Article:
How diabetes affects your heart (and how to lower your risk of heart disease)


by Michael Sills, MD

Feb 1, 2018

If you have been diagnosed with diabetes, you are likely aware you’re at risk of developing heart disease. But you may not realize how strongly the two are correlated — according to the American Diabetes Association, two out of every three people with diabetes die from heart disease or stroke.

With those kinds of numbers, heart health should be a priority for the more than 30 million Americans living with Type 1 or Type 2 diabetes.

If you have diabetes, make sure you know how to protect your heart and lower your chances of developing heart problems in the future.

The connection between diabetes and heart disease

Coronary artery disease, one of the most common types of heart disease, is frequently noted in diabetics, and evidence suggests that the progression is related to blood sugar control. High blood sugar can lead to clogged blood vessels, which in turn can lead to heart attack, stroke and other cardiovascular issues.

While maintaining good blood sugar control is always a goal for diabetics, it’s even more so when you think about the consequences for your heart.

Two big factors in heart health for people with diabetes are duration and control. The longer a person has diabetes and the less well-controlled it is, the more likely they are to develop heart disease. Generally speaking, after about 10 years of diabetes, most physicians make the assumption that a diabetic likely has some degree of coronary artery disease.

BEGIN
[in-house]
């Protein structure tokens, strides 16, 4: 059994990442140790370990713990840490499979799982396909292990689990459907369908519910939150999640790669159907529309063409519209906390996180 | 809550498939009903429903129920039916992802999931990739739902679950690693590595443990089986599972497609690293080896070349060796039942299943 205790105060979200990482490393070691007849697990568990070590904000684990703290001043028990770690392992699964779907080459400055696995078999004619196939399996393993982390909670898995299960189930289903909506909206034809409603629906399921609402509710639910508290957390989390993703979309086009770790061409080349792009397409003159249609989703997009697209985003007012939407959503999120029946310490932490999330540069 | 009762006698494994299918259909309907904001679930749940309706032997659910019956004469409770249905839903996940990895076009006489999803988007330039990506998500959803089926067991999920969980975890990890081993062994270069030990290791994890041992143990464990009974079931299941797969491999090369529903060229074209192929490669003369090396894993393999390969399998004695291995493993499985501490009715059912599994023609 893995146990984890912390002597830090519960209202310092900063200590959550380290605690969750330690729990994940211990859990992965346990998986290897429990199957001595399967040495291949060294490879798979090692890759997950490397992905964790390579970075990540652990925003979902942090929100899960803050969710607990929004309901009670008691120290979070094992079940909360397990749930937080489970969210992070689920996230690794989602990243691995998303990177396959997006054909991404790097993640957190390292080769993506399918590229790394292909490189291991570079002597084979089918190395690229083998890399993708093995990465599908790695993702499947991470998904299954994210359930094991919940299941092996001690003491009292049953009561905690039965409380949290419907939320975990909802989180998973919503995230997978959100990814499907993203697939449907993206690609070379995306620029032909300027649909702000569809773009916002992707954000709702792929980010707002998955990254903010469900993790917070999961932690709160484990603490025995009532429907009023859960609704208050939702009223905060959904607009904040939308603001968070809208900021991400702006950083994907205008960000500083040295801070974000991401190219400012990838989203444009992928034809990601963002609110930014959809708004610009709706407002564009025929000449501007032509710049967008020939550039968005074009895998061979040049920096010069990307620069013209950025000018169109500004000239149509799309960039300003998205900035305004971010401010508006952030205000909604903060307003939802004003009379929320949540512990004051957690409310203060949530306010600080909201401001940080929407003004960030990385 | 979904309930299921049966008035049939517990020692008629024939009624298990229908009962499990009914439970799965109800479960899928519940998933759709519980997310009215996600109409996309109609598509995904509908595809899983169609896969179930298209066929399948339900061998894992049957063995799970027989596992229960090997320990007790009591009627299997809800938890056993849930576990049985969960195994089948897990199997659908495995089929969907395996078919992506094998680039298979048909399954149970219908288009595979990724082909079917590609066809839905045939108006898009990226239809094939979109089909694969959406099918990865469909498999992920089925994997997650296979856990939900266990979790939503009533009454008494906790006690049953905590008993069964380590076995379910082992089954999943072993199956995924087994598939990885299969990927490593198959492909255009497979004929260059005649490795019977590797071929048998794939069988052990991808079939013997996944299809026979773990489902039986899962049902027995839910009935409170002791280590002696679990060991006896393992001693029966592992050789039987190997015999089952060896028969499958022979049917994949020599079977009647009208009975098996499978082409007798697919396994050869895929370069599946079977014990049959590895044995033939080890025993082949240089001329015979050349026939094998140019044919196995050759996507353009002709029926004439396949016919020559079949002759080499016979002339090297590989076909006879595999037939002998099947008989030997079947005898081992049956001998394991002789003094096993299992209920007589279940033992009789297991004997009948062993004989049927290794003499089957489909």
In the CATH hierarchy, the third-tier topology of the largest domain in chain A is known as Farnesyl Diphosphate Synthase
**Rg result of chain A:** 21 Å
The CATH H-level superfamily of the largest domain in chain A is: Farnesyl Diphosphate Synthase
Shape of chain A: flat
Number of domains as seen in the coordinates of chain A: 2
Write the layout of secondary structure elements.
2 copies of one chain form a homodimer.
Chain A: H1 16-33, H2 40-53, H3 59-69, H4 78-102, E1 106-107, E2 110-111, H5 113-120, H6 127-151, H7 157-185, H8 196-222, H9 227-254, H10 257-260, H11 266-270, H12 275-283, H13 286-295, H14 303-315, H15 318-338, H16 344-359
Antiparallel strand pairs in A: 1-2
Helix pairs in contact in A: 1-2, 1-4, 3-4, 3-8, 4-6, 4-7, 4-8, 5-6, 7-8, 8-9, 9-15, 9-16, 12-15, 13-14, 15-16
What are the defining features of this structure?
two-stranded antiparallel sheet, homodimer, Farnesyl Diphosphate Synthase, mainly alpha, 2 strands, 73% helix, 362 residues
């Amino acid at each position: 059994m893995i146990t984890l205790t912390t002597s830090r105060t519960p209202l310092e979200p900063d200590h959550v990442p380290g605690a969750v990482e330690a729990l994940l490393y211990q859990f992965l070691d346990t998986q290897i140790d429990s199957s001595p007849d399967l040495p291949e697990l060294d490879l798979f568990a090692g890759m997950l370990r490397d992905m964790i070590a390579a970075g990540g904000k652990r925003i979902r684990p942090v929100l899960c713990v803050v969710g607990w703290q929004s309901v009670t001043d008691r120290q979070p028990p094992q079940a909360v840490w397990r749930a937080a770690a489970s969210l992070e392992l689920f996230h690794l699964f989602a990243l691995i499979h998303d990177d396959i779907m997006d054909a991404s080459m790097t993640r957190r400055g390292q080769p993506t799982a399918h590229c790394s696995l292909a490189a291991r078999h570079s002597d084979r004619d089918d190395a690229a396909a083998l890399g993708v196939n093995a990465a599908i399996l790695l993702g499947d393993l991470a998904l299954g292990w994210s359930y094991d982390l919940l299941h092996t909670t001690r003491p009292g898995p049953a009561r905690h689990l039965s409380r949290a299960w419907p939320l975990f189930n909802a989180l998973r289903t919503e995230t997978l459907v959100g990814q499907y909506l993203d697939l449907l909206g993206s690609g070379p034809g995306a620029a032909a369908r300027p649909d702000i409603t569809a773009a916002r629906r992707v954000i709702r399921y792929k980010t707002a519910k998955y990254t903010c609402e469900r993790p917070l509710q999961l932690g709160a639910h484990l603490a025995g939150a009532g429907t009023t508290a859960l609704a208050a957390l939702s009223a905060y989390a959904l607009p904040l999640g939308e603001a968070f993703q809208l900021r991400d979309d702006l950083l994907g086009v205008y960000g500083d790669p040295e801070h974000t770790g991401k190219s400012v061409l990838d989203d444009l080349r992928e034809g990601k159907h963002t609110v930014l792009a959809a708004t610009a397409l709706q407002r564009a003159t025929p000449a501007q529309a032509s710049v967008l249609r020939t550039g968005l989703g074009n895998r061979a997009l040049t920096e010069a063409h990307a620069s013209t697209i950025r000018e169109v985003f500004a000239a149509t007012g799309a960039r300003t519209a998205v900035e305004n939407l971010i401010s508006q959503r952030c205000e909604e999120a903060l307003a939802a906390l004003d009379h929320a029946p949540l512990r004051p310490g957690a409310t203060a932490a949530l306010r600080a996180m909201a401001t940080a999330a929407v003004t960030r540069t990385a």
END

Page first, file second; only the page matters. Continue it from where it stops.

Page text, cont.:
Protecting your heart

So if you already have diabetes, how can you lower your chances of developing heart disease or stroke?

  • Exercise. The American Heart Association recommends getting 150 minutes of moderate exercise or 75 minutes of vigorous exercise per week.
  • Maintain a healthy weight. Calculating your BMI can help give you an idea of the healthy weight range for you. Talk to your doctor about any weight loss goals.
  • Monitor your blood sugar closely. Check your blood sugar often and consult with your doctor to make sure you are managing your diabetes effectively.
  • Keep your cholesterol in a healthy range. Understand what your cholesterol scores mean and how to improve them.
  • Avoid tobacco products. Smoking greatly increases your risk of developing heart disease. It decreases your tolerance for physical activity, increases your tendency to develop blood clots and increases your risk of stroke and aneurysms.

The connection between heart disease and diabetes is strong, but there are steps you can take today to lower your risk. Make sure you know the other risk factors and early signs of coronary artery disease, and talk to your doctor if you’re concerned.

Take this quiz to find out if you’re at risk for heart disease, or find out more about heart and vascular care or diabetes management at Baylor Scott & White Health.

About the Author

Michael Sills, MD, is a cardiologist on the medical staff at Baylor Scott & White Heart and Vascular Hospital – Dallas. His clinical interests include diagnostic and preventive cardiology as well as cardiac imaging. He is an avid runner, chef and proud grandfather.

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